Environment Agency confirm dead crabs and lobsters washed up on Yorkshire beaches were not killed by pollution

The Environment Agency has now ruled out chemical pollution as the cause of mass shellfish deaths off the North Sea coast in its latest round of tests.

Thousands of dead crabs and lobsters have washed up in the Hartlepool, Redcar, Saltburn and Staithes areas since October, with the phenomenon being reported as far south as Robin Hood's Bay and affecting catches in Whitby.

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Environment Agency lab testing of the crustaceans had already ruled out sewage contamination as a factor and the impact of undersea cables - such as the electricity 'pipeline' between Northumberland and Norway - has also been excluded alongside seismic activity and dredging.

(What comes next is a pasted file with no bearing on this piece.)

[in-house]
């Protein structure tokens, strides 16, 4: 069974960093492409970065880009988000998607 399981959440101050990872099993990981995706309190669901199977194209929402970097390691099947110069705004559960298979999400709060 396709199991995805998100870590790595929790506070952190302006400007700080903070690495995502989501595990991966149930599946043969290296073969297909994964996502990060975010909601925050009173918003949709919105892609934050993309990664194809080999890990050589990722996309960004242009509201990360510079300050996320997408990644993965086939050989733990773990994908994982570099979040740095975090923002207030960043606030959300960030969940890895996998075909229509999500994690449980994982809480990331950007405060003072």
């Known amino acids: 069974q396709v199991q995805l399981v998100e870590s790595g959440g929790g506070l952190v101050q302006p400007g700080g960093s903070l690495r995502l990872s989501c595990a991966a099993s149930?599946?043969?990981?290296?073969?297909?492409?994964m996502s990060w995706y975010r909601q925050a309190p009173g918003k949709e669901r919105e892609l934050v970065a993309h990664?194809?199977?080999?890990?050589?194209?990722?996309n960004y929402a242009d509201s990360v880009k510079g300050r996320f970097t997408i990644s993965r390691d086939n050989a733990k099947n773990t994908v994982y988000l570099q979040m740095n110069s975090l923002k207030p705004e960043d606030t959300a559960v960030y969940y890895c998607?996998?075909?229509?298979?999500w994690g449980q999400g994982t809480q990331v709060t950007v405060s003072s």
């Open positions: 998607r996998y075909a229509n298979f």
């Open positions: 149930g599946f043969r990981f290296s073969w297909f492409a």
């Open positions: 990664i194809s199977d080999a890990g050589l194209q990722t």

Dead crabs washed up in Saltburn

Scientists have also conducted water surveying out at sea and have narrowed down the cause to either a disease affecting only crabs or lobsters, or a natural event.

Environment Agency operations manager Sarah Jennings said: “We understand how distressing this incident is for the local shellfish industry and for members of the public, so this investigation has been a top priority for Environment Agency and Cefas laboratories.

“We’ve used both traditional and innovative screening methods to analyse samples of water, sediment and crab looking for traces of contamination. We’ve screened for over 1,000 potential chemical contaminants but found no anomalies that could lead to an event of this scale.

“Our environment officers have also reviewed environmental permits and scrutinised industrial sites in the Teesside area, but again found no evidence of abnormal discharges that could lead to an event of this scale.

“In a bid to better understand the scale of the incident, our survey vessel the Humber Guardian has taken samples from the seabed, which show that only crabs and lobsters appear to be affected.

“By combining this evidence we have ruled out chemical pollution and sewage as likely causes, and the investigation will now focus more on whether disease or a natural event could have been responsible for the deaths.”